August 31, 2021
NFT stands for Non-fungible Token.
Physical money and cryptocurrencies (such as Bitcoin or Ethereum) are “fungible,” meaning they can be traded or exchanged for one another. These items are equal in value. Crypto’s fungibility makes it a trusted means of conducting on the blockchain (also known as a digital ledger).
NFTs are different. A non-fungible token is a unit of data stored on a blockchain, that certifies a digital asset to be unique and therefore not interchangeable. NFTs can be used to represent items such as:
So, although anyone may be able to download an image file of a CryptoPunk (popular NFT project), each NFT project can have one contract address and each specific NFT has a unique ID. While copies of these digital items are available for anyone to obtain, NFTs are tracked on blockchains to provide the owner with a proof of ownership that is separate from copyright.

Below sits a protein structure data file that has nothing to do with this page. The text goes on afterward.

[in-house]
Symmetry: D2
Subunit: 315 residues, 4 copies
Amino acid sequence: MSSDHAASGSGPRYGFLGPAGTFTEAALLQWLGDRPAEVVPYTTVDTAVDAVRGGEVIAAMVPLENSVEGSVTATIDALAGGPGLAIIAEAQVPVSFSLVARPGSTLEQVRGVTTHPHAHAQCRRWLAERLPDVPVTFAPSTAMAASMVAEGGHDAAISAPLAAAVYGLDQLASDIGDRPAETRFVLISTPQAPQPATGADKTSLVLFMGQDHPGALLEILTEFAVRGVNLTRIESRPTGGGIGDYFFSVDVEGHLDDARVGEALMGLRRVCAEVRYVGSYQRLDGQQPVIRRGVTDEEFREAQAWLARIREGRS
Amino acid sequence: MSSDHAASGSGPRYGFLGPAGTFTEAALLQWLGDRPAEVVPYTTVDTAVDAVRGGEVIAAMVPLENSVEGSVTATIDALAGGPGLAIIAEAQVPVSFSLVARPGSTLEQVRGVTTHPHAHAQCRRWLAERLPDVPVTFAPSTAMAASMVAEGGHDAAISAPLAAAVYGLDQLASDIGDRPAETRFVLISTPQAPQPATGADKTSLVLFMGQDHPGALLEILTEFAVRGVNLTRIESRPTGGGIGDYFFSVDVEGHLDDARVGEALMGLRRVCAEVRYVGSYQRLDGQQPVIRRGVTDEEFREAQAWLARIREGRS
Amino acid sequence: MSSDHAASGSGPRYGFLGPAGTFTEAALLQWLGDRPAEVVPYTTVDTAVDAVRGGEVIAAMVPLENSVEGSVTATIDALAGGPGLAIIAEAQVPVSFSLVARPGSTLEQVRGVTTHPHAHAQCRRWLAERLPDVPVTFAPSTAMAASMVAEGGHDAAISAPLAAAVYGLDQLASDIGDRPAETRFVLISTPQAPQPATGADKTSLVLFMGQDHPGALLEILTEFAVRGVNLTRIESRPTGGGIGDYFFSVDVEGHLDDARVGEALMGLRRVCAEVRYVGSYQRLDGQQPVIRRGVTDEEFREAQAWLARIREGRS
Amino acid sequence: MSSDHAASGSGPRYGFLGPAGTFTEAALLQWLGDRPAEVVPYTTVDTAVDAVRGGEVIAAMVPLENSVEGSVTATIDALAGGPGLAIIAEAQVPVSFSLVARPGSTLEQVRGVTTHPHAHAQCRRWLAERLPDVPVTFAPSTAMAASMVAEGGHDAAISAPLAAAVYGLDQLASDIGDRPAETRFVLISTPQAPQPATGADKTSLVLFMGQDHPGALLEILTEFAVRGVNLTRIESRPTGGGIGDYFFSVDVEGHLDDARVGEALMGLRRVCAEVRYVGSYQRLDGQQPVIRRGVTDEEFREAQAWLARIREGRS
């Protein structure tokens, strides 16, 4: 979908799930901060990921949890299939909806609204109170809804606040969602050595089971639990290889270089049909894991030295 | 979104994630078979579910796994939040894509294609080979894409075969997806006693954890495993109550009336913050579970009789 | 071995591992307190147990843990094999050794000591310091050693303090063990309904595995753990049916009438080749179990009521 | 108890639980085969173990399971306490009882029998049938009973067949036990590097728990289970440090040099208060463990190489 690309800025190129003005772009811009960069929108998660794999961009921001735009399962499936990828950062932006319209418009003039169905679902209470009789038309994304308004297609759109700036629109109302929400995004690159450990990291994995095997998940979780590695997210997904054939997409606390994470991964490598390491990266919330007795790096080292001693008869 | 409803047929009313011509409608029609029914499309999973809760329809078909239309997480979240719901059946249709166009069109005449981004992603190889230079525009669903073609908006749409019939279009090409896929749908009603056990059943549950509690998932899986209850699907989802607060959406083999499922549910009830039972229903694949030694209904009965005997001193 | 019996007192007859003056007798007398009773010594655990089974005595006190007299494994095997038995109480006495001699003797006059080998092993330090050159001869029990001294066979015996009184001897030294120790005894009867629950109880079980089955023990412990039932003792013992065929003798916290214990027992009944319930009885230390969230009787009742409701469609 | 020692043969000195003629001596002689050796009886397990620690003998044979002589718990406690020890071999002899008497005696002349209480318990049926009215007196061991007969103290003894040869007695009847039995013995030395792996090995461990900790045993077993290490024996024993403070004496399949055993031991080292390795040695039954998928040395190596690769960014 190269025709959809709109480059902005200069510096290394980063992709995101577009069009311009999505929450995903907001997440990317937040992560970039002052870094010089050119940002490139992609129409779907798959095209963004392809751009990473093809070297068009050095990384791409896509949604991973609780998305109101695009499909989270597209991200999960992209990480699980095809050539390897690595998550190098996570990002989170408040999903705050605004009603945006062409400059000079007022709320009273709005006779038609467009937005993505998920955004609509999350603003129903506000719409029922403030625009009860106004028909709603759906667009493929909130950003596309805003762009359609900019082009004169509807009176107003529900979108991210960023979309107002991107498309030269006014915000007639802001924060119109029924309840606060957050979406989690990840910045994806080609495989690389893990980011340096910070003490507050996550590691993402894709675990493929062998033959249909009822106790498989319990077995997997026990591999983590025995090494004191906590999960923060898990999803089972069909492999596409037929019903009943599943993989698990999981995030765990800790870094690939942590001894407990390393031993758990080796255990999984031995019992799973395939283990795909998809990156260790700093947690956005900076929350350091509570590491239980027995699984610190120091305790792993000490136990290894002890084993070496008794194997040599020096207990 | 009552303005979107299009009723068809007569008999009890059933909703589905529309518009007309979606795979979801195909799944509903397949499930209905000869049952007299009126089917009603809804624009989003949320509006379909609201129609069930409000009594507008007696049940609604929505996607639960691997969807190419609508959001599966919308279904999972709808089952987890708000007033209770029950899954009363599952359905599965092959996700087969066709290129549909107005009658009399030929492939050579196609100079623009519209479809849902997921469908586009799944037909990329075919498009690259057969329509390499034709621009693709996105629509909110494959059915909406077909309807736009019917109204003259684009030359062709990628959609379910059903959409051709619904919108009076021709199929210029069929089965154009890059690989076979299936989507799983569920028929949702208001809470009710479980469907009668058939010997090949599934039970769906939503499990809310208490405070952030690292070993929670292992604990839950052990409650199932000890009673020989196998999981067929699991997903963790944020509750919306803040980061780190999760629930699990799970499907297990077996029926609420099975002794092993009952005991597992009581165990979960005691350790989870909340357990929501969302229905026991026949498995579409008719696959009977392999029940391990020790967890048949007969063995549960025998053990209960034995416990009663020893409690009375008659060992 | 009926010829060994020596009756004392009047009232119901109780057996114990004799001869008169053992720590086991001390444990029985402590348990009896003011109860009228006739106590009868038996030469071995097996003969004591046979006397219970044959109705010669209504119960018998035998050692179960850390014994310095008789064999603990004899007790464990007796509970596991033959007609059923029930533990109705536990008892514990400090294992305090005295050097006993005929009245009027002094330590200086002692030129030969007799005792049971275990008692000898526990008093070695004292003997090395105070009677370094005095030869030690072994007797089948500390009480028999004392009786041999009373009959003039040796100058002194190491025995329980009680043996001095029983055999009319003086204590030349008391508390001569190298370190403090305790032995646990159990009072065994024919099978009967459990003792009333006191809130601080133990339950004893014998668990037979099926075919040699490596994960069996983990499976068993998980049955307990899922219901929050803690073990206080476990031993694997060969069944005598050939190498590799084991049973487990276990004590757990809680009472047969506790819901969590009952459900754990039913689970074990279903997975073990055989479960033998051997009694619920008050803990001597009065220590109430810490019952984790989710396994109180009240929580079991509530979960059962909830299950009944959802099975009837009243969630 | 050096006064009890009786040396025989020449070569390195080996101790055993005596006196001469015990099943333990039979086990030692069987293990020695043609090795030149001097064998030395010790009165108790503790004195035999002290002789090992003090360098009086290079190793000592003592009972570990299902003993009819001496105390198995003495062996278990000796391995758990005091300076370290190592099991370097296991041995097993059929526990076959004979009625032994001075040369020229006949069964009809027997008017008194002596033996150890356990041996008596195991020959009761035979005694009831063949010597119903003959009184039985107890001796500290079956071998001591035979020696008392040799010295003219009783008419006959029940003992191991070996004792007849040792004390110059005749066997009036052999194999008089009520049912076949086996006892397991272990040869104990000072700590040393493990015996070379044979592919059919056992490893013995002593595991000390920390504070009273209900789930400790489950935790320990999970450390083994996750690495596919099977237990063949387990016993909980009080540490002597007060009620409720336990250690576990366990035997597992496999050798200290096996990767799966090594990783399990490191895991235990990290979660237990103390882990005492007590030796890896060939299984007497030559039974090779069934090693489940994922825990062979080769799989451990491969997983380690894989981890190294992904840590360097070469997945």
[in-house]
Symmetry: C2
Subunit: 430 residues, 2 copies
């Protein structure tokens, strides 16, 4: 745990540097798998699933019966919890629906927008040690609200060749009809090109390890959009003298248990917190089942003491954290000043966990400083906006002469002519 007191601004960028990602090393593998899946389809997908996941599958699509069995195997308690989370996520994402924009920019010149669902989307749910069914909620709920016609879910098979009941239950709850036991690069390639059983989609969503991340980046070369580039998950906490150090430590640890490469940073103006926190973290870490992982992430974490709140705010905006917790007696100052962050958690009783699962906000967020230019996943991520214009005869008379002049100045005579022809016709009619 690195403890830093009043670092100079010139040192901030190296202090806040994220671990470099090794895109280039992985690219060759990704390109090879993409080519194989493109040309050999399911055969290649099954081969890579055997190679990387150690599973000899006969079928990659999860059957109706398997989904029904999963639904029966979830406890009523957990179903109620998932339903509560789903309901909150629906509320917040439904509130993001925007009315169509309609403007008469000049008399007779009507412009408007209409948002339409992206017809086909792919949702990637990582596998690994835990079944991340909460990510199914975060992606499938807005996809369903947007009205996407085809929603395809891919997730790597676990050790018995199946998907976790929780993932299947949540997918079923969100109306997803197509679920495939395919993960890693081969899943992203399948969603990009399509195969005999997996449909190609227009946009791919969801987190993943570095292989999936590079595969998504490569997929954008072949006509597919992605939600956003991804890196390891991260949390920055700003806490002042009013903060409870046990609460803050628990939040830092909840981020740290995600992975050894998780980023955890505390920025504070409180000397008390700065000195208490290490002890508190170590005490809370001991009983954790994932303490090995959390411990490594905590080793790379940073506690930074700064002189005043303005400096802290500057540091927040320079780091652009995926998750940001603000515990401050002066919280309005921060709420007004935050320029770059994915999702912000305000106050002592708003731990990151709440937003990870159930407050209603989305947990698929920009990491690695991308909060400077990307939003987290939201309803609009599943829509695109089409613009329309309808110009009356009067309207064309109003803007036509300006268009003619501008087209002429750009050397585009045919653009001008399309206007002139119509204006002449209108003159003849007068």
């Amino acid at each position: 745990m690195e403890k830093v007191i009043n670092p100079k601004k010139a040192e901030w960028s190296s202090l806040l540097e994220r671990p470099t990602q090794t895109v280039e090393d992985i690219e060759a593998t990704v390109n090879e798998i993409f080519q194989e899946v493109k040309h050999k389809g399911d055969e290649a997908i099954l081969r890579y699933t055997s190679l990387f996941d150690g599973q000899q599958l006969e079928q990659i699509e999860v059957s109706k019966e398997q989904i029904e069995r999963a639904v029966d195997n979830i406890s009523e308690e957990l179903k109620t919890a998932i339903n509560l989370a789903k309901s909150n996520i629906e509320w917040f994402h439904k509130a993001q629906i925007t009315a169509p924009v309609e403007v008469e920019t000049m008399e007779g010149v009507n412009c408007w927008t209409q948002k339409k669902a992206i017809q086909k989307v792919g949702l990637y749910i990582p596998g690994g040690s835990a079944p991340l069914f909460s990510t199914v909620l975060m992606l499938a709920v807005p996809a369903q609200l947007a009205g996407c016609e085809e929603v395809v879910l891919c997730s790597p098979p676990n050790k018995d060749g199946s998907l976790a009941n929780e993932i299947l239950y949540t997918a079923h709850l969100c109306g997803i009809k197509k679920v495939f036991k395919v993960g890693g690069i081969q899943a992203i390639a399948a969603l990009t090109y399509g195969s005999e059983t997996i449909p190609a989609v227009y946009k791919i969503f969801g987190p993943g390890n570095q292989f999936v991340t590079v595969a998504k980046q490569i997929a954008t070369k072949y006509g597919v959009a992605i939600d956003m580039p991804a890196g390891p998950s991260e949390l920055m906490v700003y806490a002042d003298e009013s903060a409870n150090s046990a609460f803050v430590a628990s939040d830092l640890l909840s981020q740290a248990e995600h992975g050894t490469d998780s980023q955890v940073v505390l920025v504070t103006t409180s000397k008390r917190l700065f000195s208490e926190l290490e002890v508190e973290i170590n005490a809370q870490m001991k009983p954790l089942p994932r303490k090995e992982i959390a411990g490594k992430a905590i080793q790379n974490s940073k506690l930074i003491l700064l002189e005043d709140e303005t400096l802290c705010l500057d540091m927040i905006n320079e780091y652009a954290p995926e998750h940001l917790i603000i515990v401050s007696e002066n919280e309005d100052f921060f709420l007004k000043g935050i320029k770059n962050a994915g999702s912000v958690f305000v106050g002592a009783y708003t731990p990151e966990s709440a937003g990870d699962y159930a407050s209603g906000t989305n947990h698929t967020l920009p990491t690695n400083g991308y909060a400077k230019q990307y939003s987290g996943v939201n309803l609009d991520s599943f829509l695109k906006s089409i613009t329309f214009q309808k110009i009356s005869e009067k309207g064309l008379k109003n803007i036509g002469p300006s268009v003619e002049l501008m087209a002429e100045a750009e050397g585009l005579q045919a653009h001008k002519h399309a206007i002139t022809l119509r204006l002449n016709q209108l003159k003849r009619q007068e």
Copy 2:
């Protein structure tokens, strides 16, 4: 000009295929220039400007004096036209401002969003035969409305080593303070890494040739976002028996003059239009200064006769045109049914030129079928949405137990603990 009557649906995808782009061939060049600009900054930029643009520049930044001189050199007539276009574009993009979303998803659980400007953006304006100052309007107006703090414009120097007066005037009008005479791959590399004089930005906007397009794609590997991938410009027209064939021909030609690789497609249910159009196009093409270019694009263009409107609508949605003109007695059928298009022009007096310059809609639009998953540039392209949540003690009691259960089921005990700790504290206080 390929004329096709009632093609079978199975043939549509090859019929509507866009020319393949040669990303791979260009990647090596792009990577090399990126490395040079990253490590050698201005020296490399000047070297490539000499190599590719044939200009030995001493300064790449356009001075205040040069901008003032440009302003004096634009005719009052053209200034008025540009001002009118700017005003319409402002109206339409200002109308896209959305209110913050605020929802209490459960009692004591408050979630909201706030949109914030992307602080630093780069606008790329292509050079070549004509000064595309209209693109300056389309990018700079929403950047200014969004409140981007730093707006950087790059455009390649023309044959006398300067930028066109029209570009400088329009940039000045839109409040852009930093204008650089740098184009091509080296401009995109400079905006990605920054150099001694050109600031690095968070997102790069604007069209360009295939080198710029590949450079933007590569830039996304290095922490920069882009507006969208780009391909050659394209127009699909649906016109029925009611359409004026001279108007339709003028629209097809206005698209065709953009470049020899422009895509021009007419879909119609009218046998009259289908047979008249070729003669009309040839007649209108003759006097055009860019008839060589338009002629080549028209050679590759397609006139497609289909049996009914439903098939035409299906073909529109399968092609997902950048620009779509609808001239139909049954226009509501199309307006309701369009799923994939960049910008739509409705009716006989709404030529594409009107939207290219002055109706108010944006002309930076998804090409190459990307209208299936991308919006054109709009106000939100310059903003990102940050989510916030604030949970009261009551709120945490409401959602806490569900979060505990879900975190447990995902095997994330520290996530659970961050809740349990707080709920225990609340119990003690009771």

Earlier this year CryptoPunk 7804 sold for $7.57 Million.
NFTs are likely treated as “collectibles” under tax code Section 408(m)(2). Although the IRS has not issued any NFT specific tax guidance yet, according to the Section 408(m)(2)(A) “any work of art” is considered a collectible.
The taxation of NFTs depends on two interactions:
Creators are the artists who create NFTs and offer them for sale in a marketplace. Creators encounter a taxable event when they sell NFTs.
Investors are individuals who buy and sell NFTs for investment opportunities. Generally, most people fall into this category.
For NFT investors, taxes are like those for cryptocurrency trading. NFTs are often purchased using cryptocurrencies. Purchasing an NFT using Ethereum triggers a taxable event because you are disposing of a cryptocurrency, which is treated as a property per IRS Notice 2014-21.